By David M. Fields
From a Classical-Keynesian perspective (Bortis, 1997, 2003), rates of interest regulate rates of profits (Panico, 1980, 1985), and, thus, real wages are endogenously determined. The presence of financial instruments, which represent titles to future flows of income, makes it so that the actual center of distributive conflict in capitalism lies not in the technical conditions of production, but is rather governed by the real rate of interest, which is a conventionally-determined exogenous variable that reflects the relative powers of finance capitalists vis-à-vis industrial capitalists & labour (Pivetti, 1985, 1991, 2001).
The rate of profit, as a ratio, has a significance, which is independent of any prices, and can well be ‘given’ before the prices are fixed. It is accordingly susceptible of being determined from outside the system of production, in particular by the level of money rates of interest (Sraffa, 1960: 33)
In this sense, high real rates of interests induce industrial capitalists to prefer short-term speculative financial investment, instead of long-term productive real investment, since access to credit is expensive. Consequentially, industrial capitalists center attention on the pursuit of immediate surplus value realization, via speculation, in order to handle the burden of costly interest payments—the social cost being nominal wage suppression, which, by implication, exhibits an enlargement of the reserve army of labour.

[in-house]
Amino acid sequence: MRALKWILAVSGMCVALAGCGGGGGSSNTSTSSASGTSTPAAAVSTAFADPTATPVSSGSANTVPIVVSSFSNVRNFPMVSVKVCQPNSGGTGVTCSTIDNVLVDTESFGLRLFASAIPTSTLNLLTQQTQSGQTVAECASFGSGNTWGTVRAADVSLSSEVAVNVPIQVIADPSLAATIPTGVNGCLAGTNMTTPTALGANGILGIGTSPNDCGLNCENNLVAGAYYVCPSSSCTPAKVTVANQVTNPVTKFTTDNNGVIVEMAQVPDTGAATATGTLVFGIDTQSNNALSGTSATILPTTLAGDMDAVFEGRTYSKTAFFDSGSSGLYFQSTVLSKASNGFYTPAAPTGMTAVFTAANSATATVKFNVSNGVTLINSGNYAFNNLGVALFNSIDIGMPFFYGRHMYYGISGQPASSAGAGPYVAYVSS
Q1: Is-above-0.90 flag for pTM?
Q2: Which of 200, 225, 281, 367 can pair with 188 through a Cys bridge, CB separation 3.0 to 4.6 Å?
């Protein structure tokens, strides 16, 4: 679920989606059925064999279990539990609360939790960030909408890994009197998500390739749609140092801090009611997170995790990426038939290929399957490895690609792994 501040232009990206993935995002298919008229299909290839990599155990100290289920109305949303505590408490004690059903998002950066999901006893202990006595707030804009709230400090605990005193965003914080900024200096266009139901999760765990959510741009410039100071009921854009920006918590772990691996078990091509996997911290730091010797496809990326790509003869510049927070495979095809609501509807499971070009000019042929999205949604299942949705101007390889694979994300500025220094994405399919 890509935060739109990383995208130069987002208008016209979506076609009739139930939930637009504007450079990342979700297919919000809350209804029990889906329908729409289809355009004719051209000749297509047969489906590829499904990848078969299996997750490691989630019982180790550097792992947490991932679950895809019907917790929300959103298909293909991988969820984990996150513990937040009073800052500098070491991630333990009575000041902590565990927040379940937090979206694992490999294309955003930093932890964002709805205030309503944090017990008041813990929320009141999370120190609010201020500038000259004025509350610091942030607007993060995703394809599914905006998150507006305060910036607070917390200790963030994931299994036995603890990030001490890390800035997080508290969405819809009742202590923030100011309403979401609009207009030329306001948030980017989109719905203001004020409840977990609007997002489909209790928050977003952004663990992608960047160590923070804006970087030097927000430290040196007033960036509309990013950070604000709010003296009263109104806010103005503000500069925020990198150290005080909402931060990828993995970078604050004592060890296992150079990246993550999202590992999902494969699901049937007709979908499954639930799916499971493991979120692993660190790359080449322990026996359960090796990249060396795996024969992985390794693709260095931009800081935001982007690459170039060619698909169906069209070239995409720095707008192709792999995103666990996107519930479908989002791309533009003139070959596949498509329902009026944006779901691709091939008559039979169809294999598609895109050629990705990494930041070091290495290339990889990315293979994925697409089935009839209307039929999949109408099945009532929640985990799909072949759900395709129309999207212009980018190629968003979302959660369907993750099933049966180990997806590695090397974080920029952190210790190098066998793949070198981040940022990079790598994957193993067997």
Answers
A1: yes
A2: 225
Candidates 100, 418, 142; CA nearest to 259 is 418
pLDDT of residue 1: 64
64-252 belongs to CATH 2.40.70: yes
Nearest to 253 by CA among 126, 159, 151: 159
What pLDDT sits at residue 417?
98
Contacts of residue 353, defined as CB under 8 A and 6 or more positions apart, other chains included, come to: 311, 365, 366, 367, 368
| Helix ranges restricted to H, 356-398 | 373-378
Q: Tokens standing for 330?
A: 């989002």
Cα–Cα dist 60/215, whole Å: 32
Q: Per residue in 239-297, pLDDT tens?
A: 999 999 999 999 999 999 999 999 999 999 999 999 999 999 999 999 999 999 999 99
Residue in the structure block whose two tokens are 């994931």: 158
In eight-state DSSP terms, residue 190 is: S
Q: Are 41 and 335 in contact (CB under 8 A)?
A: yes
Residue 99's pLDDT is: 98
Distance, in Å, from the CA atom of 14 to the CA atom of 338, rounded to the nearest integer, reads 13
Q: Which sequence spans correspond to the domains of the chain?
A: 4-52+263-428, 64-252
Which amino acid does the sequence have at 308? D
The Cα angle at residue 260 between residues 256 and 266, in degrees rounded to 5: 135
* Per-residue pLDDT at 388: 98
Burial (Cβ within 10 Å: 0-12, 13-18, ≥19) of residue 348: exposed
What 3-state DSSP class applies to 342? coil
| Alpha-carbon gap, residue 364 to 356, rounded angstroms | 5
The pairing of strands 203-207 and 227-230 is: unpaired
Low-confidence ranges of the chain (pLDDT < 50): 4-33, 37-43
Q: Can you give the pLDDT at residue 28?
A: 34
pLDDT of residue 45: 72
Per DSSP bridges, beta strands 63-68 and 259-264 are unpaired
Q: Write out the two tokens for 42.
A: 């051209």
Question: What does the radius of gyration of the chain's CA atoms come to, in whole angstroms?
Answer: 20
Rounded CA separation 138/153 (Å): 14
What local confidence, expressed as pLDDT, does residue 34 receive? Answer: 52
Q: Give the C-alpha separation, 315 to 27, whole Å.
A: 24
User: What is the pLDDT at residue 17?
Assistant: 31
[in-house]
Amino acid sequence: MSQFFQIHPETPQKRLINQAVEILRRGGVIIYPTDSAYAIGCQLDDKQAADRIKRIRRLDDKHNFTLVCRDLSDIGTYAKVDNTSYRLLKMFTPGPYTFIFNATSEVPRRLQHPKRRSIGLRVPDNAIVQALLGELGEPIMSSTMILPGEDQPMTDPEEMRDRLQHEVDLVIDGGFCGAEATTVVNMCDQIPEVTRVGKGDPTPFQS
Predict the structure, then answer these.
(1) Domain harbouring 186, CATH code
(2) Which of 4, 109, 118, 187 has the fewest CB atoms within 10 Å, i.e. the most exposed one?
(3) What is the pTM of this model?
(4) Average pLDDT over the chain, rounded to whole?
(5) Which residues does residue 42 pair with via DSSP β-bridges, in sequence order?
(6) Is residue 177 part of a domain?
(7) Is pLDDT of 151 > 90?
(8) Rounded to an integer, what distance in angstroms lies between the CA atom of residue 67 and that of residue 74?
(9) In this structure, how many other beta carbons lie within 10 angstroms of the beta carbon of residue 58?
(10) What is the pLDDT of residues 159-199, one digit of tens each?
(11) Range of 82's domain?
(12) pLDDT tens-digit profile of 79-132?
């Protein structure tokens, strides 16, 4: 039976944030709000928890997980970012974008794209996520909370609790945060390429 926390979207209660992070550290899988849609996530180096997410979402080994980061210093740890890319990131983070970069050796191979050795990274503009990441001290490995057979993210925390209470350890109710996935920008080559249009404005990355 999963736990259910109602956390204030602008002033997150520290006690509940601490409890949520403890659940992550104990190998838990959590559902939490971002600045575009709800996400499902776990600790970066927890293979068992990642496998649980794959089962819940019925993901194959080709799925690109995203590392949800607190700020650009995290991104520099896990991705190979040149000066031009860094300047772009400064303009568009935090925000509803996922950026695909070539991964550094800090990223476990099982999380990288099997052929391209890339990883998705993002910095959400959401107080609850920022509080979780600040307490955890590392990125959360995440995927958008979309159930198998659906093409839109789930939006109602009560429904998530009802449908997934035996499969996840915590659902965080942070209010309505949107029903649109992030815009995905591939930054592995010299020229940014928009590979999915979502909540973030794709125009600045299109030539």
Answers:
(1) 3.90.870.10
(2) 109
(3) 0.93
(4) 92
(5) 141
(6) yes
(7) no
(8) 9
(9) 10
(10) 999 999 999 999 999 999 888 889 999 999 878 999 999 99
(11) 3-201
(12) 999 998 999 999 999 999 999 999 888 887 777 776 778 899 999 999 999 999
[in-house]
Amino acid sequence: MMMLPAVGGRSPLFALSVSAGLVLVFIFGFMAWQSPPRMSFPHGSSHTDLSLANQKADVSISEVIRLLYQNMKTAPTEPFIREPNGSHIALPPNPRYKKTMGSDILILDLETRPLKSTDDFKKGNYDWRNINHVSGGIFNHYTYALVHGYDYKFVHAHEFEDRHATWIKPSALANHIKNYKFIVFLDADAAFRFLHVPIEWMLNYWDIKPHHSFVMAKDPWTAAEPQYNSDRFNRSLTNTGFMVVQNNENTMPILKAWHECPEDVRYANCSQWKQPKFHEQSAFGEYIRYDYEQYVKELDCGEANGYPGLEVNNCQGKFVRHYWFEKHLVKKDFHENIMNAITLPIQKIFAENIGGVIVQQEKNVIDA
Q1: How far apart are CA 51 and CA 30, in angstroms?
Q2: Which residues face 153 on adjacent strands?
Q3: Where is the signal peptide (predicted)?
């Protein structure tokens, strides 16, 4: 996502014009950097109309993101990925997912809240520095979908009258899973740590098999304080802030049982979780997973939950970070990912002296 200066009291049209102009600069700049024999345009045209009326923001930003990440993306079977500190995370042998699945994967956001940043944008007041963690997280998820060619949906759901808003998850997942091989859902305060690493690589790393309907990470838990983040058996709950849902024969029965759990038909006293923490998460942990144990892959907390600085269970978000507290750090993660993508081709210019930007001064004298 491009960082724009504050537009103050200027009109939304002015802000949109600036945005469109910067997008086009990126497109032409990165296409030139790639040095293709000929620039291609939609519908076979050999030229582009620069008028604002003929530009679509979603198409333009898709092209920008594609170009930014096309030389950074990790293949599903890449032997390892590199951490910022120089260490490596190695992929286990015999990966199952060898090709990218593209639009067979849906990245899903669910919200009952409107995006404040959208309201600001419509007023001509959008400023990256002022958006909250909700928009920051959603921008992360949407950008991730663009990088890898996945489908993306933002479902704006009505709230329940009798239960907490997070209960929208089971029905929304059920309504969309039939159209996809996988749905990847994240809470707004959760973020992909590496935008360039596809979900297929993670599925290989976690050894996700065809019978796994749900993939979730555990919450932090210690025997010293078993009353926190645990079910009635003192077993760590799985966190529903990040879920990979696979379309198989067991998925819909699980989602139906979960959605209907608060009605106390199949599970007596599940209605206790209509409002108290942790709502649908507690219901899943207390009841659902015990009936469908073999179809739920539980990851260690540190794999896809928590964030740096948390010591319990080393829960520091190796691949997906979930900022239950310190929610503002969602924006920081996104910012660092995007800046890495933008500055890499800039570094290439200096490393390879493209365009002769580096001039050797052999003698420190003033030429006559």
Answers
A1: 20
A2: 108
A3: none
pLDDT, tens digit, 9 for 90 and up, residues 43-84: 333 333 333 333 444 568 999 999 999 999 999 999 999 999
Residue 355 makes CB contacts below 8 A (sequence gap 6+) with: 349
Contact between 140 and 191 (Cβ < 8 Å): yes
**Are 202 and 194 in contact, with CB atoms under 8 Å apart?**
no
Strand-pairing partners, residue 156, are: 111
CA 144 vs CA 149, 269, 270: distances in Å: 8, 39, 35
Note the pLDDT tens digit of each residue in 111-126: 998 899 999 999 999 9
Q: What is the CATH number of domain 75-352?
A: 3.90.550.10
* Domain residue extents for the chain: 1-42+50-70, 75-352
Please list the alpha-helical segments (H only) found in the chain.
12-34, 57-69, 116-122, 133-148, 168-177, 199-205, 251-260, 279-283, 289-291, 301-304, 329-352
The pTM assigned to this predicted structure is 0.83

[…] the credit system, which has its focus in the so-called national banks and the big money-lenders and usurers surrounding them, constitutes enormous centralisation, and gives this class of parasites the fabulous power, not only to periodically despoil industrial capitalists, but also to interfere in actual production in a most dangerous manner— and this gang knows nothing about production and has nothing to do with it. (Marx 1894: 544-45).
Along these lines, heterodox growth and distribution models have been put forward (cf. Hein, 2008), highlighting the need for a redistribution of income from finance/industrial capitalists to labour (Lavoie and Seccareccia, 1999) and making unemployment the primary policy target (Smithin, 2004). Underpinning these models are works that incorporate Keynes’ principle of effective demand and Sraffian price theory in a long-period analysis of capital accumulation (Park, n.d.; Cesaratto et al. 2003). These studies pay considerable attention to the extent to which the Hicksian supermultiplier concept effectively explicates the degree to which induced consumption and investment, via the accelerator, determine average levels of total output (Serrano, 1995) and, thus, normal capacity utilization (Amadeo, 1986; Trezzini, 1998), with the richness of a framework inspired by Kaldor and Pasinetti (Docherty, 2012) that meticulously constitutes the palpability of Kalecki’s famous aphorism that ‘capitalists get what they spend…workers spend what they get’.
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